“In Cold Blood” – an alleged Salvadoran war criminal flouts his U.S. citizenship to avoid Justice

Reyes Mena was spotlighted in the Dutch the 2018 documentary "In Cold Blood" for his role in planning and ordering the 1982 ambush assassination of a Dutch film crew, an assassination carefully coordinated with Salvadoran intelligence officials in San Salvador. (Photo courtesy Greg Walker)

By Greg Walker (ret)
USA Special Forces


“When we think of Nazi war crimes, we — rightly — stress such atrocities should never be allowed to occur again (although the Balkans, Rwanda, and Darfur we have, largely, failed). But we should also guard against those who have committed terrible crimes against humanity being allowed to escape unpunished, simply because it is hoped they might furnish some advantages to our cause.” — Damien Lewis, “The Nazi Hunters – The Ultra Secret SAS Unit and Hunt for Hitler’s War Criminals,” Quercus Editions, LTD 2015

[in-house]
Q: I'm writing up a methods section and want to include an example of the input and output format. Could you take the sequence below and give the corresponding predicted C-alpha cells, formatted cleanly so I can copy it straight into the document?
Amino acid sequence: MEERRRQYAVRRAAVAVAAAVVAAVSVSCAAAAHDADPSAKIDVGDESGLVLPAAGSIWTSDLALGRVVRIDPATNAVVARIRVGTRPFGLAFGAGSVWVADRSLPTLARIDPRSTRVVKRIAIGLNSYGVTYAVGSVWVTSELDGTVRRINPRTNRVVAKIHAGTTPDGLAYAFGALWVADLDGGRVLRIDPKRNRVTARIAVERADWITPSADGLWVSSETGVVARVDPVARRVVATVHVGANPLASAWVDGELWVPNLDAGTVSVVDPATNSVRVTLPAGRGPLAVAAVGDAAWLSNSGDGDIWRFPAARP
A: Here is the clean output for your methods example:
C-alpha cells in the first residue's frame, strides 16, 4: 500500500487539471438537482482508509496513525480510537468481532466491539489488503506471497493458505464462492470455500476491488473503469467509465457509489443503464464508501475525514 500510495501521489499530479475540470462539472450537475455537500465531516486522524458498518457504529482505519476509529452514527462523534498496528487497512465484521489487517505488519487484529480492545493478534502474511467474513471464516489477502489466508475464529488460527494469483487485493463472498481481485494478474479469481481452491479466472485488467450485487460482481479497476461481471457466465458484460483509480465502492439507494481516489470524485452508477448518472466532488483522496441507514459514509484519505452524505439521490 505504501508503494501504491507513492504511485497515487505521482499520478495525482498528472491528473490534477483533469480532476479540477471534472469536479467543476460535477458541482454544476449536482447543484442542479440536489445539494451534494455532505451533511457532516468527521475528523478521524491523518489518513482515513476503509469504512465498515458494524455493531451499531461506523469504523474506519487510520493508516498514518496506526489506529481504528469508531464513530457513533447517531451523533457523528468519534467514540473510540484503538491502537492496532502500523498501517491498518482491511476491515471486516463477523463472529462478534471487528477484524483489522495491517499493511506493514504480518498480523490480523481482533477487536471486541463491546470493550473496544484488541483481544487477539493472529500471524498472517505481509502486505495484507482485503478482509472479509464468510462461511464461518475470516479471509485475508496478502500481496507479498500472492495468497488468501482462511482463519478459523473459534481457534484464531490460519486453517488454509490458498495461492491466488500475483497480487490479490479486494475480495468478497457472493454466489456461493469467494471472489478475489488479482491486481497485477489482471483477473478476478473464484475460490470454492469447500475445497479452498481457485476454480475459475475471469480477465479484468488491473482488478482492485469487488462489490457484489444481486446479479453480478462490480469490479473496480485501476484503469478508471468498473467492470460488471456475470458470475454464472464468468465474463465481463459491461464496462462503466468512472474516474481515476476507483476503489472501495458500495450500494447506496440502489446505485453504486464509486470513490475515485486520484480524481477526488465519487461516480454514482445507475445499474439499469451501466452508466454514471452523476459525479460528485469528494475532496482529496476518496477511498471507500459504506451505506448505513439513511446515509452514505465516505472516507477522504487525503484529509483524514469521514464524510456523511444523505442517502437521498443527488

Fat and sassy

Why is retired Salvadoran army officer, Colonel Mario Reyes Mena, living comfortably in Virginia even as Dutch prosecutors continue to petition the U.S. Government to extradite him to the Netherlands for trial at the Hague? And Salvadoran prosecutors have likewise requested Joe Biden’s administration to remand him to their country for trial there but with little headway to date.

Reyes Mena, posted to the Salvadoran embassy in Washington, DC, in 1986 as a military attaché, retired while in the United States and in 1987 was granted U.S. citizenship. This despite the U.S. Government knowing of his direct involvement in what is an international war crime. He was provided a comfortable, well-paying job with Fannie Mae in the DC area and except for a few minor traffic citations he has led, until 2018, a quiet life hidden away from Dutch investigators.

Until a Dutch film crew and journalist found him on his daughter’s Facebook page.

From “In Cold Blood,R